Who is Al Jazeera America’s Target Audience?

Unfortunately, I have no definitive answer to the question posed in the title of this post. But Richard Sambrook was right. In 2002, he correctly predicted that BBC World News would never be more than a niche player in the world’s most competitive media market. After failing to get signficant cable carriage for Al Jazeera English, Doha has pressed ahead with the launch of an American network. As a media junkie, one thing puzzles me: who is their target audience? The urban professional? Key decision makers? Expats or the general viewing public? If it’s the latter, we’re in big trouble. At this point you may be wondering with what authority do I write on such matters. If I were in your shoes, I’d wonder too. But more on that story later.

There is a perceived notion that Americans by-and-large are not interested in global events since it has no impact on their lives. If it’s not happening in my town, why should I care is the motto. Despite an ever-shifting media landscape and an evolved audience, Sambrook was onto something. He knew that BBC World News would fill a gap in the U.S. market and there would be a sustainable audience to serve. That niche audience has only grown in the last decade, but the majority of viewers are not still not demanding to the type of journalism that serves the public well. The only way to stand out is to be different from the rest of the crowd and not conform to American standards. In fact, the BBC asked its U.S. audience if they wanted an American to present the news. The idea was later rejected through a survey. Another example of being unique and succeeding is CBS This Morning. After floundering for years and enduring multiple makeovers, new leadership at CBS decided to run in the opposite direction as opposed to copying the market leader. The result? The show’s ratings are up and there is a certain amount of prestige associated with the latest re-incarnation. Will the Tiffany network ever have the number one morning show in America. Probably not. But at least that show stands for something. CBS has carved out an identity for their news programming and that is exactly what “AJAM” needs to be successful. If they don’t create an indelible mark, the network will be lost in cable space and viewers will not flip over. Unfortunately, Doha leadership seems more interested in attracting as many eyeballs as possible. Al Jazeera is a great news network for which I have tremendous respect and admiration (despite the tone of my posts), and it has the ability to be greater still. But it appears Doha management does not have the courage to be different and are only emboldened by the conviction of their own vanity.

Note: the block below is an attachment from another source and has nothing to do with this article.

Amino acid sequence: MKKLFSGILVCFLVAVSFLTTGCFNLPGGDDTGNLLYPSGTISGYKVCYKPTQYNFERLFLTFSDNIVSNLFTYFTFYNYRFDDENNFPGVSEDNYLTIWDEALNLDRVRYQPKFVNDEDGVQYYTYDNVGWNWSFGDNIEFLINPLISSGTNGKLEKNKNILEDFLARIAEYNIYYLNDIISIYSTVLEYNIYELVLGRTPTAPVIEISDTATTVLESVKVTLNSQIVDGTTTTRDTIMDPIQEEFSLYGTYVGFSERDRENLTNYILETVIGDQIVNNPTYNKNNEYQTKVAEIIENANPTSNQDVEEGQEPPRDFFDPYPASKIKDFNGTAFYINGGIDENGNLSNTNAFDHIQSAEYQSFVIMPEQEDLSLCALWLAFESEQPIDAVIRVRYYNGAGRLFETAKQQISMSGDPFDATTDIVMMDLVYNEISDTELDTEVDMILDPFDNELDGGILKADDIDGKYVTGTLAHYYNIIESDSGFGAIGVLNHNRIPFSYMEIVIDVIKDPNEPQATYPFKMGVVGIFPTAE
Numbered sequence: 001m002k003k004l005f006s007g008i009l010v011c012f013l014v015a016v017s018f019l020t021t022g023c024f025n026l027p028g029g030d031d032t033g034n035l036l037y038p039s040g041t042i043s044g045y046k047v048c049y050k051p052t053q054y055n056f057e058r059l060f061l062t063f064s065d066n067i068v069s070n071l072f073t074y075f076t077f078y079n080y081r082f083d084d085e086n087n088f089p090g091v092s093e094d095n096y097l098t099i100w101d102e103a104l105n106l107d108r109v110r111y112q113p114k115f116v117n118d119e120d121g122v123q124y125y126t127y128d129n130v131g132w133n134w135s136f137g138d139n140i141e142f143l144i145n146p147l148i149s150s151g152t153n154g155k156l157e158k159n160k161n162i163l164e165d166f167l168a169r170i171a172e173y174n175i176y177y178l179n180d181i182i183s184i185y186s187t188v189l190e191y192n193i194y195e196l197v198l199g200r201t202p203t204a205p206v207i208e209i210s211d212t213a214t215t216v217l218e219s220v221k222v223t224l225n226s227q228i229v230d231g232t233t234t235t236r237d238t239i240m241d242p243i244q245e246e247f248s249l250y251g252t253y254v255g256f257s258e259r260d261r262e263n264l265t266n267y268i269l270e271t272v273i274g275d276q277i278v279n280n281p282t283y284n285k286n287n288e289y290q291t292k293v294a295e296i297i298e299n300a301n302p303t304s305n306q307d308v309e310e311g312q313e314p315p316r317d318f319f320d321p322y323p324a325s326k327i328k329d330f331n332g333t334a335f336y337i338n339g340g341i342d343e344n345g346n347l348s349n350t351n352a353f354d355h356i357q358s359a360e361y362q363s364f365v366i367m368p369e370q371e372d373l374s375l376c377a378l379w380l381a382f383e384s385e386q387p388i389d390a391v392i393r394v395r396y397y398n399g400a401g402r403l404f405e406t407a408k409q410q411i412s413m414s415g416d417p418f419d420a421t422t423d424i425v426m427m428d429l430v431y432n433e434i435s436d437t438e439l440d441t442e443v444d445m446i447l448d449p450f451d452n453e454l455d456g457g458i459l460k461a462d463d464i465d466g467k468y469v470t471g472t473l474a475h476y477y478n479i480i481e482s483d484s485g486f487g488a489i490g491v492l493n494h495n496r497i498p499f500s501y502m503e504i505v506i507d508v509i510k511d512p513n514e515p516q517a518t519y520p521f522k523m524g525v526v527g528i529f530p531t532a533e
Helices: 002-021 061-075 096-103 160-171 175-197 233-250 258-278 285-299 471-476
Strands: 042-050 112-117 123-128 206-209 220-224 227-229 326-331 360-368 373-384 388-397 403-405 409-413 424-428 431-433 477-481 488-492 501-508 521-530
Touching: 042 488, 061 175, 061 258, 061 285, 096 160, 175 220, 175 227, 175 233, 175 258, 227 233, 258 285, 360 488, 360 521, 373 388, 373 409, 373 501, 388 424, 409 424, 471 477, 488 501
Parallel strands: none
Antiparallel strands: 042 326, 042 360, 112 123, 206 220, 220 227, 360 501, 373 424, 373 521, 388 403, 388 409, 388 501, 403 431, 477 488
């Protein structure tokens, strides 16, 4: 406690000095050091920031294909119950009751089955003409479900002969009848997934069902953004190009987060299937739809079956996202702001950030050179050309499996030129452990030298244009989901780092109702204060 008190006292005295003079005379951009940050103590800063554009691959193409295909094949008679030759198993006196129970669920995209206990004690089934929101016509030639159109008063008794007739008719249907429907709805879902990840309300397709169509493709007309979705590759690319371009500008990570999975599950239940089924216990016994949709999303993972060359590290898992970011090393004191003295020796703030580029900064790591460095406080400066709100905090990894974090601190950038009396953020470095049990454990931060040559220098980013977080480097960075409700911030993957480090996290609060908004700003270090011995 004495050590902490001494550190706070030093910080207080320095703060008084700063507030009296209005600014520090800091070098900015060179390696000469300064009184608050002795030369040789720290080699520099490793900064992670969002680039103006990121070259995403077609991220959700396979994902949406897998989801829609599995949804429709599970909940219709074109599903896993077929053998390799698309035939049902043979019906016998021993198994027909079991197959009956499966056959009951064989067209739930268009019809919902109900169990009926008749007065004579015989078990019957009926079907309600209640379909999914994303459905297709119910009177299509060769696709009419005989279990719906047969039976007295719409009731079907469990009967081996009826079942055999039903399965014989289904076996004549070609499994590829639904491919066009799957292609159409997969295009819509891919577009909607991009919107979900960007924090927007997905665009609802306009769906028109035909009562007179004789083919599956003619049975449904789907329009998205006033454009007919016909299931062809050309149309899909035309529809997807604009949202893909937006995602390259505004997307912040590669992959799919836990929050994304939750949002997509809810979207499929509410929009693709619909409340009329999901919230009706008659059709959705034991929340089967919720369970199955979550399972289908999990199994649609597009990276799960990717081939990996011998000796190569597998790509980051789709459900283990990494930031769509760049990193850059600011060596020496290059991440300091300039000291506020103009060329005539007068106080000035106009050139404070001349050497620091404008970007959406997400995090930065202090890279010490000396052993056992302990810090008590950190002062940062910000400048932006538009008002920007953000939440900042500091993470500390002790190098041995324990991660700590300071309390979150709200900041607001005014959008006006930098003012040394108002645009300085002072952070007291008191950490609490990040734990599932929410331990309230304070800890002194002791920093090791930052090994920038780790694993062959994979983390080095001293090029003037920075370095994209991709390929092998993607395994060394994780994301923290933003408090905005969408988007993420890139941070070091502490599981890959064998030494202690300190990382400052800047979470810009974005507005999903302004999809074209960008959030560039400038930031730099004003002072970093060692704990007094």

If I didn’t care about the success for AJAM, I would not be writing these posts. As a former media insider, I started this blog knowing that I could bring a unique voice to the table by commenting on global news organizations operating in this country. I’ve been fortunate to communicate with many news executives. Indeed, I have “friends” in high places. Heck, I’ve even had off-the-record conversations with top executives from Apple and Starbucks. But I digress. I know this website will never generate thousands of hits, but I’m content with my place in the blogosphere. Can’t AJAM be satisfied with the role it should play in the U.S. media market? Stay tuned…

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